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Leaving Old Internet Explorer Behind

Using media queries to make a clean break from legacy browsers

(This post refers to a previous version of this site.)

This site was designed Mobile First. The styles that make up the mobile version of its layout, which I’ll call the Narrow Layout from now on, are not inside a media query, while the styles that make up the wider versions are. As a result, browsers with no support for media queries will only see the Narrow Layout. This is a good thing.

Instead of enabling media queries in the browsers that don’t support them, like Internet Explorer 6–8, I chose to simply serve them the Narrow Layout, slightly enhanced with Paul Irish’s IE conditional classes.

For example, I gave the layout a static width to make sure the content never stretches uncomfortably wide, and made sure images always display at full size, since I had halved their maximum sizes in the Narrow Layout.

As a result, old mobile browsers will see a fluid single-column layout, and IE6–8 will see a similar static-width layout, perfectly comfortable for reading even on larger screens.

This site in IE7
This is roughly what this site looks like in IE7.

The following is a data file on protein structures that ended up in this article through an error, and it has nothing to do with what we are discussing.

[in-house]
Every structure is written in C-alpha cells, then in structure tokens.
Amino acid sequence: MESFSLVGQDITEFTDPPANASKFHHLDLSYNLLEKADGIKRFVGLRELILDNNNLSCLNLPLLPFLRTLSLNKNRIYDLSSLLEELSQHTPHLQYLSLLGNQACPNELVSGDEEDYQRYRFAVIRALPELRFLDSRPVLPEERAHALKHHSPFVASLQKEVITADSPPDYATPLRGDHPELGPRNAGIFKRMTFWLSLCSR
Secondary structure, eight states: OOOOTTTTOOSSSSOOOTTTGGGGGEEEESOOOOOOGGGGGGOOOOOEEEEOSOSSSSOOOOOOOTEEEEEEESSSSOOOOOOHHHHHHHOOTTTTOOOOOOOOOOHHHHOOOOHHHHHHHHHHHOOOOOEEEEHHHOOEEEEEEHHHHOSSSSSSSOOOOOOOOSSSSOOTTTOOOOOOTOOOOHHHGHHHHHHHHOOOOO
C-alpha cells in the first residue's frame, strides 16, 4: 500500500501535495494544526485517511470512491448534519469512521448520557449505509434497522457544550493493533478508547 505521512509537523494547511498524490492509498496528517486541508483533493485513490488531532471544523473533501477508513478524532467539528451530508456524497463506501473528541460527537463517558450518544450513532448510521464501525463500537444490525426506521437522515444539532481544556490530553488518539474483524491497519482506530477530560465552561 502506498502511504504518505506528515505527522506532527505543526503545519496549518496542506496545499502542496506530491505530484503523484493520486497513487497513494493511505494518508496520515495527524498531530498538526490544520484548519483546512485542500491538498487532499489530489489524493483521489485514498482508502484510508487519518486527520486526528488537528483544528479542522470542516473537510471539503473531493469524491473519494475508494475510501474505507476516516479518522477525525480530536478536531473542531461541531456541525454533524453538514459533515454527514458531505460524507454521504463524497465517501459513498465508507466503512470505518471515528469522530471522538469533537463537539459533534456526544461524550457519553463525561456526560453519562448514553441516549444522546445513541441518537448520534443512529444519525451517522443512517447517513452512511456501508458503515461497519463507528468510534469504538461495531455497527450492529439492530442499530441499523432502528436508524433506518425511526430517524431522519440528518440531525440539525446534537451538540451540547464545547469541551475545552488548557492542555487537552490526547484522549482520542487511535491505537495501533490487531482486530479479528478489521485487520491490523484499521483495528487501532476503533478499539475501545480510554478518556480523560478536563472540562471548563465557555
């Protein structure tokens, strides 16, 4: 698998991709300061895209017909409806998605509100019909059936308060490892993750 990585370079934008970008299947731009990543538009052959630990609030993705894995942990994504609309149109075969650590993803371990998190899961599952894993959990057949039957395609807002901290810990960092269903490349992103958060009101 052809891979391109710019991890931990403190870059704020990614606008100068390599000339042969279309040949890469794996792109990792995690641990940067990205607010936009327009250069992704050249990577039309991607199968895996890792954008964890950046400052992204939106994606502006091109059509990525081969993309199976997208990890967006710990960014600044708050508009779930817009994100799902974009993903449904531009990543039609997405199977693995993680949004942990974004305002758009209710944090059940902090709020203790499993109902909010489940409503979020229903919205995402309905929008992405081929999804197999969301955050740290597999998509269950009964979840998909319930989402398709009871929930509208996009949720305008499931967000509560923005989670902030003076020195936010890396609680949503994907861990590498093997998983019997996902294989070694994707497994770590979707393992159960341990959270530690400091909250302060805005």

body {
  width: auto;
.ie body {
  width: 540px;

#content figure {
  width: 240px;
  max-width: 100%;
.ie #content figure {
  width: 480px;

So that’s old IE and old mobile browsers taken care of. Now comes the fun part. Since I can be sure that legacy browsers won’t be seeing any of the wider versions of my layout, I’m free to design them with the assumption that they’ll be viewed in a browser that supports such luxuries as…

  • 2D transforms
  • CSS2.1 selectors: + > [attr]
  • most CSS3 selectors
  • :before and :after
  • opacity, box-shadow, and text-shadow
  • min/max-width and min/max-height
  • box-sizing and inline-block
  • rgba() and hsla()
  • and even root-ems!

Suddenly all the shackles imposed by old IE are gone. I can even use margins on floated elements. I’ll just let that sink in for a moment.

I think I’ll be using this technique to deal with legacy browsers from now on. It requires no Javascript, no hacks, no separate stylesheets, and barely any effort, since single-column layouts rarely require the kind of advanced positioning that IE6 will have problems with. In this site’s case, I had to write less than a dozen lines of CSS to make the Narrow Layout comfortable to view in old IE. Simple, effortless, and oh so liberating.

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